Technology Upgrades Modernize Classroom for Penn State Students and Faculty

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Thanks to a grant from Penn State’s Learning Spaces Leadership Committee and matching funding from the campus, Classroom 112 in the campus’ Gallagher Conference Center has received some impressive new technology upgrades.

Penn State Scranton’s Information Technology (IT) department implemented the upgrades in December, which included collaborative worktables, wall-to-wall whiteboards, comfortable chairs, new flooring and short throw projectors with solstice pods at each of the five worktables – which provide an active learning environment with content sharing capabilities for faculty and students.

The classroom has also been revamped with whiteboard material surrounding the entire room, which provides the opportunity to share content in a non-technical way.

“It’s not a room where students are going to be sitting and listening to a lecture,” said campus Director of Information Technology Marilee Mulvey. “It’s a room that’s designed for students to interact with each other and with their instructors and the technology. It’s all about keeping the students engaged in different ways in the class and with the course materials.”

Mulvey mentioned that the idea came from the Teaching and Learning Technology (TLT) Department at University Park.

Currently, there are seven total rooms like this at University Park and 14 rooms altogether throughout the Commonwealth campuses, Scranton, Abington, Altoona, Berks, Erie, Greater Allegheny, Great Valley, Lehigh Valley, Schuylkill and Wilkes-Barre.

“It’s really a brand-new environment for us. We don’t have another classroom like this on the campus,” Mulvey said.

New Technology, New Capabilities

Thanks to the newly implemented technology, faculty now have new capabilities in this classroom through flexibility in the types of classroom exercises this room supports.

“When we are looking at upgrading our classrooms, we want to make sure we are enabling active learning in those rooms because of how powerful that can be for our students,” Mulvey said. “The room provides a new look on possibilities of course materials and concepts.”

Faculty members will be able to decide how and when to use the features of the classroom for their course materials. And, faculty can consult with campus Instructional Designer Griff Lewis to brainstorm new ideas for delivering course materials.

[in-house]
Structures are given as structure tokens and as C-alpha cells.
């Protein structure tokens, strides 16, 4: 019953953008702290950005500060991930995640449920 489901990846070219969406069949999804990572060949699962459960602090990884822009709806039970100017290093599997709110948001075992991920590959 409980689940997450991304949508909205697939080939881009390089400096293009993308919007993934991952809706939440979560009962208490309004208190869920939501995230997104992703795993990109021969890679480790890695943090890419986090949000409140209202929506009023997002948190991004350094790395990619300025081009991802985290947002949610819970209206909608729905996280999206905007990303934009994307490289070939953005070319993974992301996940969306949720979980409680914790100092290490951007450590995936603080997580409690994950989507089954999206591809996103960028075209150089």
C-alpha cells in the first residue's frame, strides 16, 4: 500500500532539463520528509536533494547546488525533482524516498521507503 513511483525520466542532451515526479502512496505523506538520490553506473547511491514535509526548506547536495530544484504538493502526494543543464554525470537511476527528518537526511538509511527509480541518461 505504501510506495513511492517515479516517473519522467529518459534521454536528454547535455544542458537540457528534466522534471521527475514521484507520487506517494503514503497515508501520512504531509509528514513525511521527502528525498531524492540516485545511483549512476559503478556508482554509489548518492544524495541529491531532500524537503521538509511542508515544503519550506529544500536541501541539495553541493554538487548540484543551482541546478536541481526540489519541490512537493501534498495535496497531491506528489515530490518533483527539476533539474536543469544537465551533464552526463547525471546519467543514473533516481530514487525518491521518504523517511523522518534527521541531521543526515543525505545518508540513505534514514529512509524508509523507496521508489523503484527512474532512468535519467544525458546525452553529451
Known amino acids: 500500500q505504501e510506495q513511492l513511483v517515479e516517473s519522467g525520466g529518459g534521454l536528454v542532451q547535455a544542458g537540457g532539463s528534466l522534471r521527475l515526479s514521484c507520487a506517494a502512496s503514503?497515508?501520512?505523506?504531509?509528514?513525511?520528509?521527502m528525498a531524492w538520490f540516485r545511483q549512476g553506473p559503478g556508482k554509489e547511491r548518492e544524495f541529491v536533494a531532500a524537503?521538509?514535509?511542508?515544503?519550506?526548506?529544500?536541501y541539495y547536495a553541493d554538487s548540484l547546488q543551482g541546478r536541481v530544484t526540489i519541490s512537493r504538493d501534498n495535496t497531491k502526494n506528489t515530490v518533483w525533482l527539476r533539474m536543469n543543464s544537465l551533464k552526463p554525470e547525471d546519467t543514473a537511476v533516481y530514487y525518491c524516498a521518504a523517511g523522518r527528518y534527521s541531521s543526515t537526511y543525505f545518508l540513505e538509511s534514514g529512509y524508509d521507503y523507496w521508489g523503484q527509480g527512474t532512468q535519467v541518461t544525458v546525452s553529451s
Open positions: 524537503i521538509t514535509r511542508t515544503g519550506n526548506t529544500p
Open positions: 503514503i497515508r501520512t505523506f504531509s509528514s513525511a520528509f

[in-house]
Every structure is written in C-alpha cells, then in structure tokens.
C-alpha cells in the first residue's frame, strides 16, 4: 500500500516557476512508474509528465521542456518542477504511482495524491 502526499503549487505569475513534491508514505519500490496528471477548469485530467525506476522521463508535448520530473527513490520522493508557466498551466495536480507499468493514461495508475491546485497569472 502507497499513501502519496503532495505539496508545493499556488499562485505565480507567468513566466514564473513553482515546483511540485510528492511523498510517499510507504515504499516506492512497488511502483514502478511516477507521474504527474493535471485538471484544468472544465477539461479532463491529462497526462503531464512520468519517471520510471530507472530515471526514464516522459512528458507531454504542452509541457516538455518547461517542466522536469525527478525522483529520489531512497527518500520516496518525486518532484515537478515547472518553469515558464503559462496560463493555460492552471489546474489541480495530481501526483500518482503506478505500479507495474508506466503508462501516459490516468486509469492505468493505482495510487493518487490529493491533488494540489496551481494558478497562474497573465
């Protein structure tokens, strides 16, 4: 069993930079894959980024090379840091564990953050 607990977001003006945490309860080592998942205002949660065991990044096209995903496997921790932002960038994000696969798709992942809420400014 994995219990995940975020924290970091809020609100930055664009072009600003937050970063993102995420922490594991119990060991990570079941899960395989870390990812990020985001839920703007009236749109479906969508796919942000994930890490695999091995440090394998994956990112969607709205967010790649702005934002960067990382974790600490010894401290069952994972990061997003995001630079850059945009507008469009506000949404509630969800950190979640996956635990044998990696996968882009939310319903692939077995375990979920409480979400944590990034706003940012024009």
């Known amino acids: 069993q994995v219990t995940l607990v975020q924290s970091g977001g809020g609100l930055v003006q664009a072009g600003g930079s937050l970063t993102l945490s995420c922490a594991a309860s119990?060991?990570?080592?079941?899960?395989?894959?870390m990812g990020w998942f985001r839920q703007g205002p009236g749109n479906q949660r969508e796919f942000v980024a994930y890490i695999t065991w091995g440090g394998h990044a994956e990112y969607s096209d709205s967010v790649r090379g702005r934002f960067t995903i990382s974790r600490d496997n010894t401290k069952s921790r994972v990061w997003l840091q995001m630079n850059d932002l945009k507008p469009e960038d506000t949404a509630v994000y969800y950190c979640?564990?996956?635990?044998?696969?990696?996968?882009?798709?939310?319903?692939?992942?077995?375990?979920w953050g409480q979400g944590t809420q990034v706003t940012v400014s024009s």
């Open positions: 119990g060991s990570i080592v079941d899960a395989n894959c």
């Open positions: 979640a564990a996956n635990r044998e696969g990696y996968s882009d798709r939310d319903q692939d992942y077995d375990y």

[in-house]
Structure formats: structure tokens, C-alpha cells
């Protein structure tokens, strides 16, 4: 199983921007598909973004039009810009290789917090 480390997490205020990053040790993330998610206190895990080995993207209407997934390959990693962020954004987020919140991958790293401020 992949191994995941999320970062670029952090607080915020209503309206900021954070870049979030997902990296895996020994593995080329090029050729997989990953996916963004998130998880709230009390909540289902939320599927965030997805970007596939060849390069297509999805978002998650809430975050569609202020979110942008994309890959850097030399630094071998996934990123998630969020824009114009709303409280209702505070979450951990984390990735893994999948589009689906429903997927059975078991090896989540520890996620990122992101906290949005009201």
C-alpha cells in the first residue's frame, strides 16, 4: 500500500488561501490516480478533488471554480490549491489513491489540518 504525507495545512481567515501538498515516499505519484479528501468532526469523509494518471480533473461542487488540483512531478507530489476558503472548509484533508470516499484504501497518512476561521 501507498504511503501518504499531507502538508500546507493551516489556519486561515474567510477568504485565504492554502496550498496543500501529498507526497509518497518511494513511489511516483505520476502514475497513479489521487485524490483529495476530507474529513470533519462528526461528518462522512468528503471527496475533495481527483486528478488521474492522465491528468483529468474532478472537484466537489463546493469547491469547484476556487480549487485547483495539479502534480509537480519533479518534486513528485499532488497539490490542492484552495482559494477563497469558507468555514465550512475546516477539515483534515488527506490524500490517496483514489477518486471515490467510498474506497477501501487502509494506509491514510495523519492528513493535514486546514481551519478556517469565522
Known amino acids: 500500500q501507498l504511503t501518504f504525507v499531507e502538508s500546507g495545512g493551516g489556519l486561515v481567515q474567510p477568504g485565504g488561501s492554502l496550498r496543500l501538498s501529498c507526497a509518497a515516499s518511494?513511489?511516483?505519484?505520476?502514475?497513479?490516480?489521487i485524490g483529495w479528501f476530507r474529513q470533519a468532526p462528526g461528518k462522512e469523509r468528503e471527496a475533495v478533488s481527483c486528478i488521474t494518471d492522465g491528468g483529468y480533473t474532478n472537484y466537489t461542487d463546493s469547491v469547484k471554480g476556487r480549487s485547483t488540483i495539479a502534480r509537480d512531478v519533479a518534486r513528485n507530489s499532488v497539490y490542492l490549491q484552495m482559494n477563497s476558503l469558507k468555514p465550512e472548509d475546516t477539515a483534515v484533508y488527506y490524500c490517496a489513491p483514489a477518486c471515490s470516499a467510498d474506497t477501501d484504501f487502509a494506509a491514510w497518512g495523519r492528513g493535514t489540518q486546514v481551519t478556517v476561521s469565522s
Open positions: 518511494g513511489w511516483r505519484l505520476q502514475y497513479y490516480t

Both students and instructors can share their content on the screen and across the classroom – creating a visual aspect to the active learning experience. Users must be authenticated to Penn State Scranton’s Wi-Fi for sharing content.

“When designing our classrooms, we look at providing an updated space for current students and faculty, and we also look at what our prospective students may be experiencing in high school,” Mulvey said. “That way, when they come to Penn State Scranton, they are comfortable in our learning spaces.”

The technology is in tune with three out of the five senses including sight, touch and sound.

“Everybody learns in their own unique way,” Mulvey said, explaining how some students like to read, while others prefer to see images or hear things. “This room gives that flexibility for instructors to try to reach different students in their learning styles.”

Like faculty, students can share content in a seamless manner due to the room’s design and flexibility.

“When we find faculty on our campus who are interested in trying something new, that is the absolute best possible scenario,” Mulvey explained. “We support their courses by providing them with these types of technologies to enhance their teaching and increase engagement with the students.”

Because of the room’s flexibility, any academic program can use the classroom’s technology to its full advantage.

“I think it’s a terrific room – all of the changes really enhance the overall environment of the classroom,” Mulvey said, adding that, “we’ve had a very positive response from the faculty so far.”

In fact, a variety of faculty members from diverse backgrounds including the biology, business, kinesiology, meteorology and physics departments have all taken the opportunity to house their classes within the revamped room this semester or are planning on using it in future semesters.